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Types of Septic Systems

Rajib Singha Oct 30, 2018
Septic systems are categorized into two main types: conventional and alternative systems. Read on to know about these types and their subtypes to optimize your drainage system!
Septic systems are defined as facilities that are built to carry liquid wastes from our homes and prevent soil and water pollution. They are typically used for wastewater treatment and for preventing biological and nutrient contaminants.
The conventional type includes gravity and pressure distribution systems. Aerobic treatment unit (ATU), mound, and sand filtration facilities are classified under the alternative type category.

Conventional Systems


As the name suggests, these make use of the force of gravity for the drainage purpose. Due to gravity, the effluent (water mixed with wastewater) flows through the septic tank into the drainage field.
The drainage field consists of a series of trenches. The location of the drainage must be such that it lies below the outlet level of the tank; the reason being the working of the facility using gravity. The trenches must have their bottoms lying on natural, undisturbed soil. A water table or hard pan acts as a restrictive layer in this process.
For this reason, the bottom of the trenches must be situated at a location that is 3 - 4 feet above any such restrictive layer. The soil that lies between the foot of the trenches and the water table plays an important role in this process. It is utilized in the final treatment of the effluent or the wastewater.

Pressure Distribution

This is common in most of the new systems because of its ability to make optimum use of the drainage field. It makes use of a pump for uniform distribution of effluent throughout the drainage field, at the same time.
When the effluent makes its way through the soil, it gets filtered in the process. Since the effluent has to reach the ground water, it is cleaned and purified through chemical and biological processes. Dry and permeable soil works best for such a system. Sufficient amount of oxygen in the soil also provides additional benefit to the cleaning process.
This system provides dosing and resting cycles. This means that the pump tank doses the entire drain with effluent. The pump holds wastewater until it accumulates, before the next dose to the drainage field.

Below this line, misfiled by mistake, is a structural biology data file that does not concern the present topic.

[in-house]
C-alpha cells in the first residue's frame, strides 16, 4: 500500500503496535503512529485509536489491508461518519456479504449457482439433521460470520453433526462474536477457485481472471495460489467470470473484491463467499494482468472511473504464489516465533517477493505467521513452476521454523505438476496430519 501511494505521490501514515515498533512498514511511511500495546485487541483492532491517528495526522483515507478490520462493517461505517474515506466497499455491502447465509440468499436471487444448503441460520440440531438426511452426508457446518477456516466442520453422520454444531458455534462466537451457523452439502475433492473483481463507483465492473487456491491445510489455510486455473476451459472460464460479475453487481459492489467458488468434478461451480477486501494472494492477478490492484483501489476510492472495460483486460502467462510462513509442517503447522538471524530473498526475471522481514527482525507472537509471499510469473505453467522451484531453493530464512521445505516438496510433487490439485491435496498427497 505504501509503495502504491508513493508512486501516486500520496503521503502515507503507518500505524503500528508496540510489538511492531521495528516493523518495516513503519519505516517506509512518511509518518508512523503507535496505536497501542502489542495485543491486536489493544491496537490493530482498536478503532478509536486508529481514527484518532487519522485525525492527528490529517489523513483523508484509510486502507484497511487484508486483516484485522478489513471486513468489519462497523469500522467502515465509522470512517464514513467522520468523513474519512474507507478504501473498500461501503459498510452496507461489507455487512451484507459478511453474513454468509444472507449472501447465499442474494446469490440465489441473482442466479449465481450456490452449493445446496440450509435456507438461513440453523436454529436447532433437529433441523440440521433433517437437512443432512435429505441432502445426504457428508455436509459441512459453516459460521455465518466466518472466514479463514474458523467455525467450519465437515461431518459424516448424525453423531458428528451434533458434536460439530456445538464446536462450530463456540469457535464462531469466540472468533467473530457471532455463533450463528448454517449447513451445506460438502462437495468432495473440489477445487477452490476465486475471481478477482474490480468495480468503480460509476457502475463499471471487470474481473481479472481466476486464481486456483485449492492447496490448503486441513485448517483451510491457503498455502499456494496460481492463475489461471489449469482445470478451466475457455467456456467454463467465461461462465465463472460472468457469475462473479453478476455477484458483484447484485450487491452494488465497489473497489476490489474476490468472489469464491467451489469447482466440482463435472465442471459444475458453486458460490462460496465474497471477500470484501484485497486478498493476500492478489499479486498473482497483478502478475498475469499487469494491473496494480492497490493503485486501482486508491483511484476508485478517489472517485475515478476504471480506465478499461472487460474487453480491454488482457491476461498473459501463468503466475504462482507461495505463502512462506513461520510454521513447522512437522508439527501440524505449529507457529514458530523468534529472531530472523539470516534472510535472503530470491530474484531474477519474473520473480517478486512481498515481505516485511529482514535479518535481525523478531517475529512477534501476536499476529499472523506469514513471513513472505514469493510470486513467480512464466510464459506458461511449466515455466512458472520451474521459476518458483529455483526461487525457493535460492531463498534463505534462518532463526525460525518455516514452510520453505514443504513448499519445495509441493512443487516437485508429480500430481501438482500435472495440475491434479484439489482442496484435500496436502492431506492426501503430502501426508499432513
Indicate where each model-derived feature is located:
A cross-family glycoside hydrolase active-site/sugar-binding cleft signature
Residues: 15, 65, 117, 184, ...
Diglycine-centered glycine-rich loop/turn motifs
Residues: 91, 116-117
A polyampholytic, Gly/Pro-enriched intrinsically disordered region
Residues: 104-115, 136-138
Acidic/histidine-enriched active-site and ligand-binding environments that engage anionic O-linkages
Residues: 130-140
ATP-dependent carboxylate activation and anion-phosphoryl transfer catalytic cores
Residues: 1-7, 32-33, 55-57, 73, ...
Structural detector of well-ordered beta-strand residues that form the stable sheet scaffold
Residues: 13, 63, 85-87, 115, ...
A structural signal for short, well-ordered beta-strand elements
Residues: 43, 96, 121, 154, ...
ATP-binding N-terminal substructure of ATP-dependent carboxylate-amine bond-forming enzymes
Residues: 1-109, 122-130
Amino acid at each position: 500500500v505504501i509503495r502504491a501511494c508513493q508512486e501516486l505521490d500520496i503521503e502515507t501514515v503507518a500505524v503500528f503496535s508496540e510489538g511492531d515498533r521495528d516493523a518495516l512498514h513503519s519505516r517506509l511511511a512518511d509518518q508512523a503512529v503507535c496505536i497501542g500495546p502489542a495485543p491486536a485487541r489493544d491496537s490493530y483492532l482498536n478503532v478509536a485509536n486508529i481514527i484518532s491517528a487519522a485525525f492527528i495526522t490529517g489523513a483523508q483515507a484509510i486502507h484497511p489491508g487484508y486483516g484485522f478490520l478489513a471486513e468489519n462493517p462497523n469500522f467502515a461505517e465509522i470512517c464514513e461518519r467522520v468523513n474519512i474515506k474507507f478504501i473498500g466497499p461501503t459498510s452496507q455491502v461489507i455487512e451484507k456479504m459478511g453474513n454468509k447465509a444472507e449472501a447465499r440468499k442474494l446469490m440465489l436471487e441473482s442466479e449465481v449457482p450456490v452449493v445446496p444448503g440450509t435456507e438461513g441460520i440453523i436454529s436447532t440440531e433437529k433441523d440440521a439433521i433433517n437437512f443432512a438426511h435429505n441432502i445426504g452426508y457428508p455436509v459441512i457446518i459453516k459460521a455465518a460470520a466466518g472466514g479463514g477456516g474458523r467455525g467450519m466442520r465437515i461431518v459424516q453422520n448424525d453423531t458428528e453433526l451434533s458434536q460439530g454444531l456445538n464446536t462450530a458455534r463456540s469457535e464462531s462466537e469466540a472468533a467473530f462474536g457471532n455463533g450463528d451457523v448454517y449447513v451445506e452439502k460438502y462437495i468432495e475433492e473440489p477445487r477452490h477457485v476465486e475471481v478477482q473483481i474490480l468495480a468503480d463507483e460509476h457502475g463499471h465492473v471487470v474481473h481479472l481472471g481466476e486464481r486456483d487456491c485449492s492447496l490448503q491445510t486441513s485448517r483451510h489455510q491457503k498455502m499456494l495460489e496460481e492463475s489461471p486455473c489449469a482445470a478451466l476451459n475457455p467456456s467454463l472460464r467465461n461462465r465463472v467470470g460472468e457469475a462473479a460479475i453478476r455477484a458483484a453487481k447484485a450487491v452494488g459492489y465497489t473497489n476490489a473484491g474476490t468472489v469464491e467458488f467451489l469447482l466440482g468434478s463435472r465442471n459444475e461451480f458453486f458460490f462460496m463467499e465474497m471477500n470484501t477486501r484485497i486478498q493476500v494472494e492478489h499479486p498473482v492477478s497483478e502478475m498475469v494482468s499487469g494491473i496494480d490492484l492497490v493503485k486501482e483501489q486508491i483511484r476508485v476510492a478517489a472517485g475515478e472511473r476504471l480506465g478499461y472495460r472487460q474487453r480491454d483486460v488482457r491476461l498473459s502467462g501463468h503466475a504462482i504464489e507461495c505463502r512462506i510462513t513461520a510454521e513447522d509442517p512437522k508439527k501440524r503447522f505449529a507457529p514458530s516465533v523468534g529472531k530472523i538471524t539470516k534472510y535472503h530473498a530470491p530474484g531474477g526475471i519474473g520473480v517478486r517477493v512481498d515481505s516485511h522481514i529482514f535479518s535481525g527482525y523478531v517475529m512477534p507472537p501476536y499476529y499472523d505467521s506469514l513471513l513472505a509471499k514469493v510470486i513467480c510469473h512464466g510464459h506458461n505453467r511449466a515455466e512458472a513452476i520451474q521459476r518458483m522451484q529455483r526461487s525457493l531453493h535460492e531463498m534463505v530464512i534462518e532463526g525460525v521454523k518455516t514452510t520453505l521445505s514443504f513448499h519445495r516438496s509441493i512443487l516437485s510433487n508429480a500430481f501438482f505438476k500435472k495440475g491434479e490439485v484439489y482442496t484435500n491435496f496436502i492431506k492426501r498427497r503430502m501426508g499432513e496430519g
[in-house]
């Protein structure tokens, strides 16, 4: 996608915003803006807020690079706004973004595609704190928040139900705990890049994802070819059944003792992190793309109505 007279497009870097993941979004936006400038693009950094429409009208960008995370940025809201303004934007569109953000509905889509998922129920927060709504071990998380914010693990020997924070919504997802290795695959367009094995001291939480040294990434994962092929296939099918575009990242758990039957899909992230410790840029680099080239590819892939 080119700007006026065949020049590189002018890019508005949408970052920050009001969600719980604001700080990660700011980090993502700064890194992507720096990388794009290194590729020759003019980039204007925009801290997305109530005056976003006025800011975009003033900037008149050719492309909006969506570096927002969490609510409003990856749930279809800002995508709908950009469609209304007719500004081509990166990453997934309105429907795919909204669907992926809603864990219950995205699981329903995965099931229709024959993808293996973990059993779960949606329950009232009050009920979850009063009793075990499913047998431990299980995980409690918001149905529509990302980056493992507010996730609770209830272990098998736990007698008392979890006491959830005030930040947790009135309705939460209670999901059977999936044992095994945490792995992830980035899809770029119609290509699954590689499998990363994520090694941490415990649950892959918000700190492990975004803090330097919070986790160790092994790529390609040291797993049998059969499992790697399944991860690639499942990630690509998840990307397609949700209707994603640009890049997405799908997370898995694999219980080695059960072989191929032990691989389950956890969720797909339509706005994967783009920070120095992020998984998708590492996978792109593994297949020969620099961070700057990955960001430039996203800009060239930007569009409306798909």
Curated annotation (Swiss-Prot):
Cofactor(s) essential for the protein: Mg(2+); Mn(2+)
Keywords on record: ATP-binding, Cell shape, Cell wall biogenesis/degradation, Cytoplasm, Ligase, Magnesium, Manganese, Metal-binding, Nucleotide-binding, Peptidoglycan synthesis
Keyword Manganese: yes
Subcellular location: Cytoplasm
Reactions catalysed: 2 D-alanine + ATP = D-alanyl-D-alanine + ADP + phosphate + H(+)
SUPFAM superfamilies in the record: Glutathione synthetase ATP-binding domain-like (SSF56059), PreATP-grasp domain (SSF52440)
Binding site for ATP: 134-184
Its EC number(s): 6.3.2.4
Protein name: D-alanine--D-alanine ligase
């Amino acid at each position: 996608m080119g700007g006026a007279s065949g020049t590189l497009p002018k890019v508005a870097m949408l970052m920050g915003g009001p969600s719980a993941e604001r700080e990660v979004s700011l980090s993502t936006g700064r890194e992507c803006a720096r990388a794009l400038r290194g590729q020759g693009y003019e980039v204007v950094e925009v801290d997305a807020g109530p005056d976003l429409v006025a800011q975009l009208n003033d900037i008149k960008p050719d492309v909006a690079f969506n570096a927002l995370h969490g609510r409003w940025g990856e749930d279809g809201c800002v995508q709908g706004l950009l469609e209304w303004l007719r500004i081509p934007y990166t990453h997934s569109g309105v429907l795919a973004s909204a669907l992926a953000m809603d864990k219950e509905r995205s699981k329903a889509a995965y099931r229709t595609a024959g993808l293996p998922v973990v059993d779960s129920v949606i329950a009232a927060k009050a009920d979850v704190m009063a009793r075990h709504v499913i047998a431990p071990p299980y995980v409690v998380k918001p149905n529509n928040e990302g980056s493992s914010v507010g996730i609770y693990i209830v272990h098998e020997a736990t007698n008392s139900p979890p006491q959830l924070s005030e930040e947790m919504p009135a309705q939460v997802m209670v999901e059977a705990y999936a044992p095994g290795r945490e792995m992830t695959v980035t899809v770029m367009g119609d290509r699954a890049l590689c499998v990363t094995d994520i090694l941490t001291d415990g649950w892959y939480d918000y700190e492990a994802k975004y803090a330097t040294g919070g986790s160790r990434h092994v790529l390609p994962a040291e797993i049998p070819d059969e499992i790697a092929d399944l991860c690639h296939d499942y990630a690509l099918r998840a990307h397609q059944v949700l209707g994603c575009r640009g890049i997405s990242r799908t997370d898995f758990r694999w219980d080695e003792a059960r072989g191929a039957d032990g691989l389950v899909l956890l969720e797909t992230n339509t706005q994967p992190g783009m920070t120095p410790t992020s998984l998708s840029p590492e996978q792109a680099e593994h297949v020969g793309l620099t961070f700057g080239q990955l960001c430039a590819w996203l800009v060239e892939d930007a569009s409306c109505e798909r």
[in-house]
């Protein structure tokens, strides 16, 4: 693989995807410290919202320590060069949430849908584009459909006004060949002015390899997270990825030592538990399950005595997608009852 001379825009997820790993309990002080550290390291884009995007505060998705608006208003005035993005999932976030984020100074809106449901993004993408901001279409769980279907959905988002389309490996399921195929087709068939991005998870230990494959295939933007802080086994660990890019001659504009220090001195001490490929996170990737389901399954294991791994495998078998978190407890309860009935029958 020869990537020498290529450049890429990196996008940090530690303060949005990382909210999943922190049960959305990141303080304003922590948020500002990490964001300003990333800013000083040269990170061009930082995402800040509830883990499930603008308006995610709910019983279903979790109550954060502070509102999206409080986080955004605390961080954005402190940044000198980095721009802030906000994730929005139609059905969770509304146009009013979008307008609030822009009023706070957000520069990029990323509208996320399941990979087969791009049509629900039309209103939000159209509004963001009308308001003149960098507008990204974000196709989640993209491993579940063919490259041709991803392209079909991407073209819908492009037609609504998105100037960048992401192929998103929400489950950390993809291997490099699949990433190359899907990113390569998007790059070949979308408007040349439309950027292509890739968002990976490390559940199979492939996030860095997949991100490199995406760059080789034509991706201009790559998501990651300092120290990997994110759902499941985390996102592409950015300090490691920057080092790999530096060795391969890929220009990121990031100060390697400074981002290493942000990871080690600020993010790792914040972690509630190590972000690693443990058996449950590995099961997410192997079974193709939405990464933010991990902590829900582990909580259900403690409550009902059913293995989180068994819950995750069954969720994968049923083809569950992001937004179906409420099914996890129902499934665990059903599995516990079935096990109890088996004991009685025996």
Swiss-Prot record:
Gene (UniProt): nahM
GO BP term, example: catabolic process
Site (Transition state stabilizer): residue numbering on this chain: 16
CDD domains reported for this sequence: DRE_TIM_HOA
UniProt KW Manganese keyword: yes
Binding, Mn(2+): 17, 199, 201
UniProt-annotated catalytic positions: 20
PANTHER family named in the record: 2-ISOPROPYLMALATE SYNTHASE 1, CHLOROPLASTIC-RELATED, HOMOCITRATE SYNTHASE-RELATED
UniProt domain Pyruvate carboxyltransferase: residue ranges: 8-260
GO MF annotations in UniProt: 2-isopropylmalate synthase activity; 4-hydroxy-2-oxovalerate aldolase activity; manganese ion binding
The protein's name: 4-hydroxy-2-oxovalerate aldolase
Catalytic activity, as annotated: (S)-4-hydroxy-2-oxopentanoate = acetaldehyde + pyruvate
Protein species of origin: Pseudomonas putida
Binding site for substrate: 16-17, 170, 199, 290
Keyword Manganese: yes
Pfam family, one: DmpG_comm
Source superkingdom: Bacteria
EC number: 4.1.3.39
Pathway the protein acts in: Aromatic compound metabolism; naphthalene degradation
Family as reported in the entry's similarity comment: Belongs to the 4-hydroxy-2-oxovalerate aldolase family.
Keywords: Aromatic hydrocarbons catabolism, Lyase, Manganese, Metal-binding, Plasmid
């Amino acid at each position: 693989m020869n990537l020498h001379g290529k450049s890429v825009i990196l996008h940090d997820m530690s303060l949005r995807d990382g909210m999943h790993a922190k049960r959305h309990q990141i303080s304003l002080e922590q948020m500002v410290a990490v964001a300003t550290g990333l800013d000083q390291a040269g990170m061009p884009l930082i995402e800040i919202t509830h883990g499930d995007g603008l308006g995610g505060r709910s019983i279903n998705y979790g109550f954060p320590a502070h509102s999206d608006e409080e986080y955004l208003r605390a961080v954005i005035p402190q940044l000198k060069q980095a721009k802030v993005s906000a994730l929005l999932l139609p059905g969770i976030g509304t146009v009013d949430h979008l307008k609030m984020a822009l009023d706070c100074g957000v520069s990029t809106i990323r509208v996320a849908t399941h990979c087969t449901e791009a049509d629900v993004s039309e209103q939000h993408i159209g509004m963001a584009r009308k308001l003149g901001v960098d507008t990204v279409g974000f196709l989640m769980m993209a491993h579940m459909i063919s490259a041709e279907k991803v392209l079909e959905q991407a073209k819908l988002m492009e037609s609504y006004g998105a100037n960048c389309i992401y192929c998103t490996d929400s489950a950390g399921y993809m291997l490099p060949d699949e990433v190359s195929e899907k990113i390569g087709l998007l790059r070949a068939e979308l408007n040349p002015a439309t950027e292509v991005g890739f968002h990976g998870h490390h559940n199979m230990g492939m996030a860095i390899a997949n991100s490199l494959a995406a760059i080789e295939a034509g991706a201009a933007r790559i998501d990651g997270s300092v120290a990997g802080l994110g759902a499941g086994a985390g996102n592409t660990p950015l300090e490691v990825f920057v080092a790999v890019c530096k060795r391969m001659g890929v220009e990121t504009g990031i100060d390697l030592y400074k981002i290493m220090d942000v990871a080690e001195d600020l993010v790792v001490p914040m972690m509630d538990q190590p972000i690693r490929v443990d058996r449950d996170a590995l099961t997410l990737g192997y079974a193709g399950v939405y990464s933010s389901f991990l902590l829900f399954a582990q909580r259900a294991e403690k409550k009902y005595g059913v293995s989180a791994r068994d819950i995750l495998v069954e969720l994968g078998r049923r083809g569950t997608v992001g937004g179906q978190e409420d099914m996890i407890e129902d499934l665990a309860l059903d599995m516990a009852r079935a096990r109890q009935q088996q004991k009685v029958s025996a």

Topography of certain areas does not allow to set the level of the drainage field lower than that of the septic tank outlet. For such areas or sites, the pressure distribution facility is most suitable.

Alternative Systems

Aerobic Treatment Unit (ATU)

This system uses oxygen as its key product for its operation. Here, waste is broken down by the use of oxygen, so that the treated wastewater is cleaner than that of conventional facilities.
This is an important factor when environmentally sensitive areas or locations are considered. The working of this system can be regarded as a lower version of the municipal wastewater treatment. The most common type of ATU that is used for household purposes uses the "suspended growth" process.
In this process, the facility has a water tight tank that consists of an aeration chamber. Air is forced into the chamber and mixed with wastewater. This technique creates "free-floating" conditions for bacteria where they thrive, breaking down and digesting the waste. Wastewater leaving the system is cleaner due to the rapid decomposition of organic wastes.

Sand Filter

It can be installed above and below the ground and is based upon a principle similar to that of a mound system. The pump tank and the drainage field are separated by sand.


Certain areas cannot provide conditions where soil is deep enough for installation of traditional systems. For such places, mound system fits the bill. Here, the drainage system is raised above the natural soil surface or ground level.
On top of the natural soil, specific sand fill material is placed for the effluent or wastewater treatment. This sand fill consists of a gravel bed, which in turn, consists of a network, driven by pressurized pipes. Septic tank's effluent reaches the mound through the pump in a dosing tank.
The pump ensures controlled amount of doses for uniform distribution throughout the gravel bed. So, the waste gets filtered when it traverses through the sand fill and into the natural soil.
So, the effluent that discharges from the pump tank gets pre-treatment by the intermediate sand, before it enters the drainage field. This facility can be regarded as a biological treatment for natural cleansing of effluent.
Places where the soil is insufficient for wastewater treatment, it is a good alternative for them; this is because the dearth of soil is made up by the sand that is used in the process.
From the information here, it is clear that the installation and the type of septic system are mainly influenced by the physical characteristics of the location. Many other factors also govern its lifespan. The soil type of the site, landscape, amount of utilized water, water disposal habits, and maintenance are important considerations.
You can extend its life by having it inspected after every interval of 5 years. For proper maintenance, it is advisable to hire a certified operator.